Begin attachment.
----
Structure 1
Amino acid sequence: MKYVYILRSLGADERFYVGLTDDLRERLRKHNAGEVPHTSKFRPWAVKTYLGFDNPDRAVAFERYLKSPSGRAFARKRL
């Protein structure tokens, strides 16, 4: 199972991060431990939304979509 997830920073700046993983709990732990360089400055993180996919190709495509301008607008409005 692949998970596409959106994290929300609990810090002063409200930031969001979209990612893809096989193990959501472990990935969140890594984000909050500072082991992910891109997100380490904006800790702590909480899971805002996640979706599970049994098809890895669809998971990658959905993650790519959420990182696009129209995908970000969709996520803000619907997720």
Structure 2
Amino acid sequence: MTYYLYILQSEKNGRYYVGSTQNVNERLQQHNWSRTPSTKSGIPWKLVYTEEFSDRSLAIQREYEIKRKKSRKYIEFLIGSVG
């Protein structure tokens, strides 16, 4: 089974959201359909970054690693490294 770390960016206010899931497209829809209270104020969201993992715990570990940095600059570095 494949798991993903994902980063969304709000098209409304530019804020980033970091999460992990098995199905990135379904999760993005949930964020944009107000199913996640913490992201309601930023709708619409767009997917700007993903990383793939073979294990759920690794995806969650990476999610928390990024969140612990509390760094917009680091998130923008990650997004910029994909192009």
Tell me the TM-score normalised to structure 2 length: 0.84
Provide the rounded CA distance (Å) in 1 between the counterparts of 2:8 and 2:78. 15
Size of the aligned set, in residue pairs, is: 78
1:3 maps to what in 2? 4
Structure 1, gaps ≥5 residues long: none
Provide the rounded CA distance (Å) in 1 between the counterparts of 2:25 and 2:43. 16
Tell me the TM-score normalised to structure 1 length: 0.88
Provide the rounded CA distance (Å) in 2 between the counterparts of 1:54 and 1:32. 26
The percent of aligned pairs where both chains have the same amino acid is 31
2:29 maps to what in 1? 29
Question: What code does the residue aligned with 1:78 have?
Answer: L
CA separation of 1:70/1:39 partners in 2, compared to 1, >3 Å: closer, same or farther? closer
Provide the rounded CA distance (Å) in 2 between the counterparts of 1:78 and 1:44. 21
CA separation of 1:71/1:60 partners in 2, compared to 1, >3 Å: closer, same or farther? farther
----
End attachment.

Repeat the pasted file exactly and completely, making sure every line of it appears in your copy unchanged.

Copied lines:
Structure 1
Amino acid sequence: MKYVYILRSLGADERFYVGLTDDLRERLRKHNAGEVPHTSKFRPWAVKTYLGFDNPDRAVAFERYLKSPSGRAFARKRL
């Protein structure tokens, strides 16, 4: 199972991060431990939304979509 997830920073700046993983709990732990360089400055993180996919190709495509301008607008409005 692949998970596409959106994290929300609990810090002063409200930031969001979209990612893809096989193990959501472990990935969140890594984000909050500072082991992910891109997100380490904006800790702590909480899971805002996640979706599970049994098809890895669809998971990658959905993650790519959420990182696009129209995908970000969709996520803000619907997720």
Structure 2
Amino acid sequence: MTYYLYILQSEKNGRYYVGSTQNVNERLQQHNWSRTPSTKSGIPWKLVYTEEFSDRSLAIQREYEIKRKKSRKYIEFLIGSVG
């Protein structure tokens, strides 16, 4: 089974959201359909970054690693490294 770390960016206010899931497209829809209270104020969201993992715990570990940095600059570095 494949798991993903994902980063969304709000098209409304530019804020980033970091999460992990098995199905990135379904999760993005949930964020944009107000199913996640913490992201309601930023709708619409767009997917700007993903990383793939073979294990759920690794995806969650990476999610928390990024969140612990509390760094917009680091998130923008990650997004910029994909192009």
Tell me the TM-score normalised to structure 2 length: 0.84
Provide the rounded CA distance (Å) in 1 between the counterparts of 2:8 and 2:78. 15
Size of the aligned set, in residue pairs, is: 78
1:3 maps to what in 2? 4
Structure 1, gaps ≥5 residues long: none
Provide the rounded CA distance (Å) in 1 between the counterparts of 2:25 and 2:43. 16
Tell me the TM-score normalised to structure 1 length: 0.88
Provide the rounded CA distance (Å) in 2 between the counterparts of 1:54 and 1:32. 26
The percent of aligned pairs where both chains have the same amino acid is 31
2:29 maps to what in 1? 29
Question: What code does the residue aligned with 1:78 have?
Answer: L
CA separation of 1:70/1:39 partners in 2, compared to 1, >3 Å: closer, same or farther? closer
Provide the rounded CA distance (Å) in 2 between the counterparts of 1:78 and 1:44. 21
CA separation of 1:71/1:60 partners in 2, compared to 1, >3 Å: closer, same or farther? farther